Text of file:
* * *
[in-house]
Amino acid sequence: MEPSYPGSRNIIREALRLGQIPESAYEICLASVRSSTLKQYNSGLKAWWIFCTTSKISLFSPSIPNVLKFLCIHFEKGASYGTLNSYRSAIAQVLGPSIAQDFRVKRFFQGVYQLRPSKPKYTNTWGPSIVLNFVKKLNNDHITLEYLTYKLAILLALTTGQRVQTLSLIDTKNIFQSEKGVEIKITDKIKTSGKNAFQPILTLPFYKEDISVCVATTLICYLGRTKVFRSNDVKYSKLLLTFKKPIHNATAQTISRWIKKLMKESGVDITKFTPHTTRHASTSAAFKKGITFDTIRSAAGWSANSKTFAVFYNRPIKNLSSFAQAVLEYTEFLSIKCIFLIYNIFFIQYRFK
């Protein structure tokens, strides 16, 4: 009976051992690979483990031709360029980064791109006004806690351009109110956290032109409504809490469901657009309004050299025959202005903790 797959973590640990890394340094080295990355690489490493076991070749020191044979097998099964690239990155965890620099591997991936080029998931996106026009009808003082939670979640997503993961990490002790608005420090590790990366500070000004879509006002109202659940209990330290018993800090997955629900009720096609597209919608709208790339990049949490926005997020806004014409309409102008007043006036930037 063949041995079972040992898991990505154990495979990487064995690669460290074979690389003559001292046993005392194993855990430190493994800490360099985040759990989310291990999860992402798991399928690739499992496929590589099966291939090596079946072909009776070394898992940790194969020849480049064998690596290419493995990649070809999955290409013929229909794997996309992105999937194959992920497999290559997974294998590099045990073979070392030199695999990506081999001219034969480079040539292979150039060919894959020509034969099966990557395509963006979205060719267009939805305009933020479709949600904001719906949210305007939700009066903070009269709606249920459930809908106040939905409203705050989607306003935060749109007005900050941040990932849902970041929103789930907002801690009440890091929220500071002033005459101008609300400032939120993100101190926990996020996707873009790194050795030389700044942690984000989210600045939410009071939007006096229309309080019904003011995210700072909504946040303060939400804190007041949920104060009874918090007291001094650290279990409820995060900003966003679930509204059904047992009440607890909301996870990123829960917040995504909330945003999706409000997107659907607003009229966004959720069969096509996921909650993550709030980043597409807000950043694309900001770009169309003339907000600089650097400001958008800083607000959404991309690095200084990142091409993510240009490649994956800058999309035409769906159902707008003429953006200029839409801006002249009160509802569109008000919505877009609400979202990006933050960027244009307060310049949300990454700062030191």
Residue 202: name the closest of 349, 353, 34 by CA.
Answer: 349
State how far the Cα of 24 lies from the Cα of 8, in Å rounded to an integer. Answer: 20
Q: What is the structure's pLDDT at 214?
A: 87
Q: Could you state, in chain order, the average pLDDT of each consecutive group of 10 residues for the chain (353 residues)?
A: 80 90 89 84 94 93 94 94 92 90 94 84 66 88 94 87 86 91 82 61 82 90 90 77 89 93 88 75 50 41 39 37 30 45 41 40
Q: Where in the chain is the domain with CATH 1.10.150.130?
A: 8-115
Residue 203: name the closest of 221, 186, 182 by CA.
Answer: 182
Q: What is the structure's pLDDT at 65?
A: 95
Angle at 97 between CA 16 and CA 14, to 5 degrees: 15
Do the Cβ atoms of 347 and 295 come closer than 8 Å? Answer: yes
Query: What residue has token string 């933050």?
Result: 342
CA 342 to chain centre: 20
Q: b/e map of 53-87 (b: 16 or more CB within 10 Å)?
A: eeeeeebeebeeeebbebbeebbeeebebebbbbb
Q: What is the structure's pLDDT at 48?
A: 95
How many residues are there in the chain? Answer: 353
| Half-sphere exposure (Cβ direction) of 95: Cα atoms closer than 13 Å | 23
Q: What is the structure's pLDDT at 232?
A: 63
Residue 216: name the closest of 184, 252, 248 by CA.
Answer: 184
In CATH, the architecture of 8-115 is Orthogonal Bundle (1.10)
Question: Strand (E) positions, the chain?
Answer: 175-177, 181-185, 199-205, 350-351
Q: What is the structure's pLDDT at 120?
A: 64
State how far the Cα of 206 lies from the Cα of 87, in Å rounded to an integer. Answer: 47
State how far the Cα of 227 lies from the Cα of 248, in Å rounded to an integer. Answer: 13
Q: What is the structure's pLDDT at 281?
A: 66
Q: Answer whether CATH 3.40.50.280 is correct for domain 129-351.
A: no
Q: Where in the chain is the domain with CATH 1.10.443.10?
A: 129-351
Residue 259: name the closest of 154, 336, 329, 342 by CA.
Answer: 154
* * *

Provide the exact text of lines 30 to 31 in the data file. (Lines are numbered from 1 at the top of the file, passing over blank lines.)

Residue 216: name the closest of 184, 252, 248 by CA.
Answer: 184